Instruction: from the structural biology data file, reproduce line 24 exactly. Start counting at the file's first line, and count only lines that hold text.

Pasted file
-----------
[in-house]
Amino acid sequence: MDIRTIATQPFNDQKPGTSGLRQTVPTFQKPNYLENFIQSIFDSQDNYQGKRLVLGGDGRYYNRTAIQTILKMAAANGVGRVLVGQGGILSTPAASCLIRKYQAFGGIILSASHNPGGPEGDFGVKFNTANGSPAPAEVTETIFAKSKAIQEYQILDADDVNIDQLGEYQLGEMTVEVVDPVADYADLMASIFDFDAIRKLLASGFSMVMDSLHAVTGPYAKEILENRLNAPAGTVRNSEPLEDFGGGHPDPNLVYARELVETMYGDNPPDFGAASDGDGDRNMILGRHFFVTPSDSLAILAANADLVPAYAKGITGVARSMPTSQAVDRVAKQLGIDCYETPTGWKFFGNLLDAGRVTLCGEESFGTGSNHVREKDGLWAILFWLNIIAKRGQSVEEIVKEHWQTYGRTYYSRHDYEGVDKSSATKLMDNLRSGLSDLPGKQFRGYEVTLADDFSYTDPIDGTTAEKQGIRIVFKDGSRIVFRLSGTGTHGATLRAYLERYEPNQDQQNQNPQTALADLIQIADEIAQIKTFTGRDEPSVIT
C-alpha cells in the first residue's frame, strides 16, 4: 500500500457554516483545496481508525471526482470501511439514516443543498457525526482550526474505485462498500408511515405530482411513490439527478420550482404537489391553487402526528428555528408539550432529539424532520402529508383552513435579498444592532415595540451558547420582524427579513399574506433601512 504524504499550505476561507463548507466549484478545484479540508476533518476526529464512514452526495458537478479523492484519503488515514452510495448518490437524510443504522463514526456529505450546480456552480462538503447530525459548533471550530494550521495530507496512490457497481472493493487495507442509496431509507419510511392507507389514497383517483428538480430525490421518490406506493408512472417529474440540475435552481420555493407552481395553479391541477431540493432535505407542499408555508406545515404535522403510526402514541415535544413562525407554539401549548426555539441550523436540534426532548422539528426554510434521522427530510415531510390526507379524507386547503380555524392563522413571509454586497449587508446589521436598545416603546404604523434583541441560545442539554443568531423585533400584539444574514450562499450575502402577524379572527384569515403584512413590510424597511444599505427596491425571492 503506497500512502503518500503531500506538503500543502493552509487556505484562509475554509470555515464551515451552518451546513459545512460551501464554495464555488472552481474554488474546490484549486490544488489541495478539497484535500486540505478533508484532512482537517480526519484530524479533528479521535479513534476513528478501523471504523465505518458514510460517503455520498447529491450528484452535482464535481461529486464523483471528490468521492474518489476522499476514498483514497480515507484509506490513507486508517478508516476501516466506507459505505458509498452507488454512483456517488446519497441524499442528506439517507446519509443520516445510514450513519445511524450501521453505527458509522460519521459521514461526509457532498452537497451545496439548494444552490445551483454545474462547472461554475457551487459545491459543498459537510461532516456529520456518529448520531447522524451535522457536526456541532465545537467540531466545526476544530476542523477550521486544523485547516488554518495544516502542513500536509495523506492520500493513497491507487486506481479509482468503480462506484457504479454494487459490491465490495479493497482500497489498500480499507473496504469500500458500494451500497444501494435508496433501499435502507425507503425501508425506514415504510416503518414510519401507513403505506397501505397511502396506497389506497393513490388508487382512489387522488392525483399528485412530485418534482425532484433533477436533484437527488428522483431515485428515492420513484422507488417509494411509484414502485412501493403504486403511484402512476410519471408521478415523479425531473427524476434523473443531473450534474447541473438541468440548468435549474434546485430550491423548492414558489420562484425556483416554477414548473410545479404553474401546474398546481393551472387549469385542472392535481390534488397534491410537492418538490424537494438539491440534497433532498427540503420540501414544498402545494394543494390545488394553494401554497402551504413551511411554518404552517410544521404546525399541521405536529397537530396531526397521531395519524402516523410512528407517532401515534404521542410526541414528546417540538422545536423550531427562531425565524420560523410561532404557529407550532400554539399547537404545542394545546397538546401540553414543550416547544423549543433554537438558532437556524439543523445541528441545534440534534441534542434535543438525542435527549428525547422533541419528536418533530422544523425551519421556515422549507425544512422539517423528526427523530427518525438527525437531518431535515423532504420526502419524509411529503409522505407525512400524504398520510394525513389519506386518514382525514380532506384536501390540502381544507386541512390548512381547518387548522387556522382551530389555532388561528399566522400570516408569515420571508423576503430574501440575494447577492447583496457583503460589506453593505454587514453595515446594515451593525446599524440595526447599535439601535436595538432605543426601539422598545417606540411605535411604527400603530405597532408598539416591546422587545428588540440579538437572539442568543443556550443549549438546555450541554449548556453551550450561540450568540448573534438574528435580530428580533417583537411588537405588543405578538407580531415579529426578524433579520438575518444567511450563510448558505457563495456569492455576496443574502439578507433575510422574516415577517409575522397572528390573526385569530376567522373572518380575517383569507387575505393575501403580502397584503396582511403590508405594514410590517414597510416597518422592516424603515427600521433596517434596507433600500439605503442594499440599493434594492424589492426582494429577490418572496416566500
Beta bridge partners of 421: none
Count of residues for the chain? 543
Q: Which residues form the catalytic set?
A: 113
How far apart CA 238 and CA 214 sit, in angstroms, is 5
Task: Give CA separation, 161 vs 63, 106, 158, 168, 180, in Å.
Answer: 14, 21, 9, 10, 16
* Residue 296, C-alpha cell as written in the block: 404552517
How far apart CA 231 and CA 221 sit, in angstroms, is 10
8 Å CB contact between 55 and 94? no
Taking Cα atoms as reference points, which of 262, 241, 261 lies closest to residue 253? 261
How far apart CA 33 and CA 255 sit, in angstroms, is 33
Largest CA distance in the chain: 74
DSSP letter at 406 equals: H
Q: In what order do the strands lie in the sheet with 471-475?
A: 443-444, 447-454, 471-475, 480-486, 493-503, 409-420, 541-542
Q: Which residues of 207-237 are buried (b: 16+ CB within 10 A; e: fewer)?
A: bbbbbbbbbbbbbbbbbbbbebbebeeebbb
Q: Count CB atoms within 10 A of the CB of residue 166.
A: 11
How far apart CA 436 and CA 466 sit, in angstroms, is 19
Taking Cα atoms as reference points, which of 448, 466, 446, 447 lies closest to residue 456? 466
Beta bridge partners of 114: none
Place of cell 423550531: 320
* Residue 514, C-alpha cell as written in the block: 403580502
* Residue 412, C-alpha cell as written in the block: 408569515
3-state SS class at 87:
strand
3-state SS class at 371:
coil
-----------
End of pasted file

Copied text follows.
How far apart CA 436 and CA 466 sit, in angstroms, is 19